The Secretary of the U.S. Department of Transportation, Ray LaHood, will call for a summit to address distracted driving across the country. According to a recently released report from the National Highway Traffic Safety Administration (NHTSA), driver distraction contributes to about 25 percent of all police-reported traffic crashes.

Driver distraction is something that The Foundation for Advancing Alcohol Responsibility has been concerned about for some time. Most recently we developed an award-winning eCard for National Teen Driver Safety Week called "The Concentration Game," in which the user is faced with simulated distractions (cell phone, food, and loud music) to replicate the disruption in concentration and subsequent difficulty of operating a vehicle. The Foundation is currently working on additional materials for this year's National Teen Driver Safety Week, October 18-24, 2009. The Foundation has also partnered with several state Attorneys General, national law enforcement organizations, and the National Transportation Safety Board to advocate for safe driving practices.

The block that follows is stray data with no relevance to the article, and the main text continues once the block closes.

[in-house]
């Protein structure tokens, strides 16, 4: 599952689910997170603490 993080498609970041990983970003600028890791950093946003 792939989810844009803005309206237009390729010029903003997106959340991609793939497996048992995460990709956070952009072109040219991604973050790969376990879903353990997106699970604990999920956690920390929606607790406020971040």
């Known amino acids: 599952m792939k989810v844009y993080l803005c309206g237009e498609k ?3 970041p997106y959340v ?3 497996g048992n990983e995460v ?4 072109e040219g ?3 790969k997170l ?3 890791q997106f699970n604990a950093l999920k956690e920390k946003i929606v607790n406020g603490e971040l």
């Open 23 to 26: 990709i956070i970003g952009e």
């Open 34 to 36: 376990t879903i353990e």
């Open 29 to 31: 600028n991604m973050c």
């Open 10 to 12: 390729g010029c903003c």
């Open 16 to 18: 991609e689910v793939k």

Secretary LaHood stated that the goal of the summit is to produce a set of "concrete steps" that we can all follow to make our nation's roadways safer. Many states have already instituted bans on hand-held cell phones for the driver of the vehicle, and several have also recently passed legislation to prohibit texting and emailing while operating a vehicle.

Losing concentration can immediately put your life (and/or someone else's) in danger. It is important to reinforce the idea that once a vehicle is in motion, the driver must devote his or her full attention to the task at hand – operating their vehicle safely.

We support Secretary LaHood's efforts to make our roads safer, and we will continue our education efforts as well.